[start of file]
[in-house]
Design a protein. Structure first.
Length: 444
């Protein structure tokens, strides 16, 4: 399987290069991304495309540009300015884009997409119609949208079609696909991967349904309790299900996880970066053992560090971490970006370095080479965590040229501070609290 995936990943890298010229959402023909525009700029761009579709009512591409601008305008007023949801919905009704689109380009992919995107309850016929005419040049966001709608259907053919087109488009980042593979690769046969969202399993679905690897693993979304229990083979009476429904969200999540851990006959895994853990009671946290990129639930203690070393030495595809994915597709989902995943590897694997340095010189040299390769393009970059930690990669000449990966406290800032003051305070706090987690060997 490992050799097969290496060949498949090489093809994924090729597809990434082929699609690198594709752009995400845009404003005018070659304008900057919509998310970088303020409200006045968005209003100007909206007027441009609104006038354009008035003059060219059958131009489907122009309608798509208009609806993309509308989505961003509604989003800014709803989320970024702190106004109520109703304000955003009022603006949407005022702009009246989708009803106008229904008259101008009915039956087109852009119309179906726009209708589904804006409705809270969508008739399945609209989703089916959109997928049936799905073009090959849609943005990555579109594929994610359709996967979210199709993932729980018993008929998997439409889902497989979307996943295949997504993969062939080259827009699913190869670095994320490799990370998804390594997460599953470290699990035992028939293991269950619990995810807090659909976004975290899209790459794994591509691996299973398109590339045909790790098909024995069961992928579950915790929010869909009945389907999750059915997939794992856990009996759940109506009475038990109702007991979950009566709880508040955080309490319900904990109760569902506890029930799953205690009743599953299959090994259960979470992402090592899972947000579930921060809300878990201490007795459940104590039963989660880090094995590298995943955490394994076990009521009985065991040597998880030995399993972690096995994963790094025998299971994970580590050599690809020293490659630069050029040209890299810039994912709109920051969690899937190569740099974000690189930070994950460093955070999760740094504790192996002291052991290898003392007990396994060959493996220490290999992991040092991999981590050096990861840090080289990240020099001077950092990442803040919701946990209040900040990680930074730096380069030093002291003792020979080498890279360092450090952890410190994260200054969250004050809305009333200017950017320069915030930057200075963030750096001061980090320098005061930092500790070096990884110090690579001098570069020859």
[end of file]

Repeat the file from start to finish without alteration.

[in-house]
Design a protein. Structure first.
Length: 444
């Protein structure tokens, strides 16, 4: 399987290069991304495309540009300015884009997409119609949208079609696909991967349904309790299900996880970066053992560090971490970006370095080479965590040229501070609290 995936990943890298010229959402023909525009700029761009579709009512591409601008305008007023949801919905009704689109380009992919995107309850016929005419040049966001709608259907053919087109488009980042593979690769046969969202399993679905690897693993979304229990083979009476429904969200999540851990006959895994853990009671946290990129639930203690070393030495595809994915597709989902995943590897694997340095010189040299390769393009970059930690990669000449990966406290800032003051305070706090987690060997 490992050799097969290496060949498949090489093809994924090729597809990434082929699609690198594709752009995400845009404003005018070659304008900057919509998310970088303020409200006045968005209003100007909206007027441009609104006038354009008035003059060219059958131009489907122009309608798509208009609806993309509308989505961003509604989003800014709803989320970024702190106004109520109703304000955003009022603006949407005022702009009246989708009803106008229904008259101008009915039956087109852009119309179906726009209708589904804006409705809270969508008739399945609209989703089916959109997928049936799905073009090959849609943005990555579109594929994610359709996967979210199709993932729980018993008929998997439409889902497989979307996943295949997504993969062939080259827009699913190869670095994320490799990370998804390594997460599953470290699990035992028939293991269950619990995810807090659909976004975290899209790459794994591509691996299973398109590339045909790790098909024995069961992928579950915790929010869909009945389907999750059915997939794992856990009996759940109506009475038990109702007991979950009566709880508040955080309490319900904990109760569902506890029930799953205690009743599953299959090994259960979470992402090592899972947000579930921060809300878990201490007795459940104590039963989660880090094995590298995943955490394994076990009521009985065991040597998880030995399993972690096995994963790094025998299971994970580590050599690809020293490659630069050029040209890299810039994912709109920051969690899937190569740099974000690189930070994950460093955070999760740094504790192996002291052991290898003392007990396994060959493996220490290999992991040092991999981590050096990861840090080289990240020099001077950092990442803040919701946990209040900040990680930074730096380069030093002291003792020979080498890279360092450090952890410190994260200054969250004050809305009333200017950017320069915030930057200075963030750096001061980090320098005061930092500790070096990884110090690579001098570069020859």